After 45 years there was reason to crow, and yesterday the cheers could be heard from the White House to Embassy Row.

"This moment has come," an exultant President Bush said of German unification, "because Americans stood by the people of Berlin, from the daredevil pilots of the airlift to a young president who made his bold declaration before the wall.

"Today," Bush said during a Rose Garden ceremony in which he signed a proclamation for German-American Day on Oct. 6, "it is the wall that lies in ruins and our eyes open to a new world of hope. The last remnants of wall remain and they are part of free Berlin, a ragged monument in brick and barbed wire, proof that no wall is ever strong enough to strangle the human spirit, that no wall can ever crush a nation's soul."

Describing the merging of the two Germanys as "a wonderful moment delayed for almost a half a century," Bush said that after watching television and seeing the celebrations in Berlin he had called Chancellor Helmut Kohl to congratulate him. "I was very moved."

Returning to the German Embassy on Reservoir Road from the White House, Ambassador Juergen Ruhfus hosted a vin d'honneur for several hundred diplomatic and administration guests. Deputy Secretary of State Lawrence S. Eagleburger put the significance of the occasion succinctly.

"We won! We won! It's a great day," he said. "The only trouble is that with everything else going on in the world now nobody is paying attention to it."

He had a point, what with the United Nations in session in New York, the Iraq crisis going on in the Persian Gulf and a budget fight building steam on Capitol Hill. But National Symphony Maestro Mstislav Rostropovich was there paying attention.

"It's one of the most important days for the whole world," he said, tuning his cello and preparing to play the Sarabande and Bourree from Suite No. 3 by Johann Sebastian Bach. "It is a new era for our planet and the time is near when we are one family on Earth."

Said a grateful ambassador in introducing him: "I don't think we could have celebrated this day better than with the music you played in Berlin on November 11 last year."

Austrian Ambassador Friedrich Hoess was also paying attention.

"It's a great day because symbolically it is the end of the division of Europe," he said. "That means freedom and democracy work, that the West has won."

The "happy event has to do with the collapse of communism," said retired German air force general Johannes Steinhoff, once chairman of NATO's military committee. "I know that people are afraid of a big military power again and that we'll take our independent way politically, but I think we will stick very close to other Europeans, share our responsibilities, develop as a nation and never return to macho behavior," Steinhoff said.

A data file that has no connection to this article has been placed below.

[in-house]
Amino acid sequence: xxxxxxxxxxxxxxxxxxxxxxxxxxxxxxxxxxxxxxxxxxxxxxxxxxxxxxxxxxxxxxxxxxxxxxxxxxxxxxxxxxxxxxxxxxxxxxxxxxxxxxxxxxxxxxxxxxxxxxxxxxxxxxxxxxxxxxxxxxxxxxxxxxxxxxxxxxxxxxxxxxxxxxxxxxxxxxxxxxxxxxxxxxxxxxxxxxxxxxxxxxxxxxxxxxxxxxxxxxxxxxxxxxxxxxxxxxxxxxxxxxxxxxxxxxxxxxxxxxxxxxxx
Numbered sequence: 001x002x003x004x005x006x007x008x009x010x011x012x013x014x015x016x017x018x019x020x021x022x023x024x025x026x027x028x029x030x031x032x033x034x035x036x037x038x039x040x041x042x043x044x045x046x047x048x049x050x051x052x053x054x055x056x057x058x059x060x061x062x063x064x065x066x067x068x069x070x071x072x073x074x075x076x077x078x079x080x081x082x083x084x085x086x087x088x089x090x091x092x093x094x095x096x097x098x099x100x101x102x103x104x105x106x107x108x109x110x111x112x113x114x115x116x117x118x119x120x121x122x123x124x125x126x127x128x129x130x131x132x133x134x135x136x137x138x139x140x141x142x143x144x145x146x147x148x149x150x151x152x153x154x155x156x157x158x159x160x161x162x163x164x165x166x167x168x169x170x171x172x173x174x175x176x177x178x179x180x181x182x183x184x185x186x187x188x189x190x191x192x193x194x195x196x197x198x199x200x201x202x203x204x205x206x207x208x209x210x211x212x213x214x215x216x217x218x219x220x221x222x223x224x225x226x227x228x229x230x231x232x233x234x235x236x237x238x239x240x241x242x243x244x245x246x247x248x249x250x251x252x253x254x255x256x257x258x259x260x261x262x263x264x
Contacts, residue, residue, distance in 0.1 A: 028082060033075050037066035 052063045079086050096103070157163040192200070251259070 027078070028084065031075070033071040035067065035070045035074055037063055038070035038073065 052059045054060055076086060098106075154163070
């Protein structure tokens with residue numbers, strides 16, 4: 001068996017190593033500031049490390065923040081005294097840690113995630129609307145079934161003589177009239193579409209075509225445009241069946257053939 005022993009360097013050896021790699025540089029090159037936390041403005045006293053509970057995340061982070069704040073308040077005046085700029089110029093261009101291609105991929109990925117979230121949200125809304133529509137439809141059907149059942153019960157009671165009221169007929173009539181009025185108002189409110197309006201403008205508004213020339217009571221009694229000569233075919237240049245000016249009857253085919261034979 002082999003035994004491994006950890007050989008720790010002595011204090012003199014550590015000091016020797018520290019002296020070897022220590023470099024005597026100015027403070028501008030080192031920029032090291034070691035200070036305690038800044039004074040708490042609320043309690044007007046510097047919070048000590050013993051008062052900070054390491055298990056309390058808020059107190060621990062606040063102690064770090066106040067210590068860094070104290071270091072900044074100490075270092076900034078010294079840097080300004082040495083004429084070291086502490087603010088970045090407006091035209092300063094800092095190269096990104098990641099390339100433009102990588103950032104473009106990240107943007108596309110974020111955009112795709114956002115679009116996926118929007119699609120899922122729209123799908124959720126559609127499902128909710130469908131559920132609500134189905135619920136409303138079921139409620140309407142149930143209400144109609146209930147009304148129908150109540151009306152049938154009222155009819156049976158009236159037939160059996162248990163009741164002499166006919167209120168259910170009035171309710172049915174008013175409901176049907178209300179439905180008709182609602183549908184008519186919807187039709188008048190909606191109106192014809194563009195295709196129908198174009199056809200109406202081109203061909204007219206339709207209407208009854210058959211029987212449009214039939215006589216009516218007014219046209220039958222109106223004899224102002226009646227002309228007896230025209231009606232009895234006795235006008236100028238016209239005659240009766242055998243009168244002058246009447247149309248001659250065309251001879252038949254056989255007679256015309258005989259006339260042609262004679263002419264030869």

Ruhfus, like Germany's leaders back home, was anxious to assure his guests that the Nazi past is done with.

"We Germans, to this day, are aware of the sufferings which have been brought about on people and countries in Europe and other parts of the world in the name of Germany, and in particular the suffering of the Jewish people," he said. "I think the Germans united are firmly determined that we will do our best that this will never happen again."

He singled out "our allies" -- the French, British and Americans -- among his guests and paid particular tribute to some who weren't there -- the European Community's president, Jacques Delors, and Soviet President Mikhail Gorbachev.

"In these days we think of the contributions by the civil rights movements, by Eastern European neighboring countries in Czechoslovakia and Poland and in particular Hungary, which for the first time cut into the Iron Curtain in Europe. And we think with gratitude of the courage of East German compatriots who stood up and did the demonstrations that were so successful in a peaceful way that helped get rid of a dictatorship," Ruhfus said.

Several former East Bloc countries, including Poland and the Soviet Union, whose ambassadors had business elsewhere, sent deputy chiefs of missions to the reception. The Israelis sent their political counselor. The Hungarian ambassador sent his wife, Anna Zwack, who said her husband was meeting with a team from the State Department on arrangements for the Oct. 14-20 visit of Hungarian Prime Minister Jozsef Antall.

She said that as she heard Ruhfus thanking Gorbachev and everybody else, she wondered if he would remember to say "it was the Hungarians who led off the East Germans in the beginning. I was so happy when he mentioned Hungary. It was a very courageous decision for the Hungarians to take."

An embassy spokesman called the midday reception the embassy's "first ever" national day. "Always in the past it was either the emperor's birthday, or somebody else's birthday," he said.

Last night, the German Embassy staff and families plus American friends joined for an ecumenical service at Washington National Cathedral. Today, ceremonies celebrating what is officially known as the Treaty on the Final Settlement With Respect to Germany are scheduled on Capitol Hill on both the House and Senate sides. Then tonight, with Berlin Mayor Walter Momper as special guest, Ruhfus and his wife, Karin, are hosting a reception for 2,000 at the chancery.

That figure could grow, however. The embassy switchboard has been deluged by calls from German Americans in the area.

"If you are German you can come. During these days of joy, we shouldn't close the doors," said Press Counselor Hans-Henning Horstmann.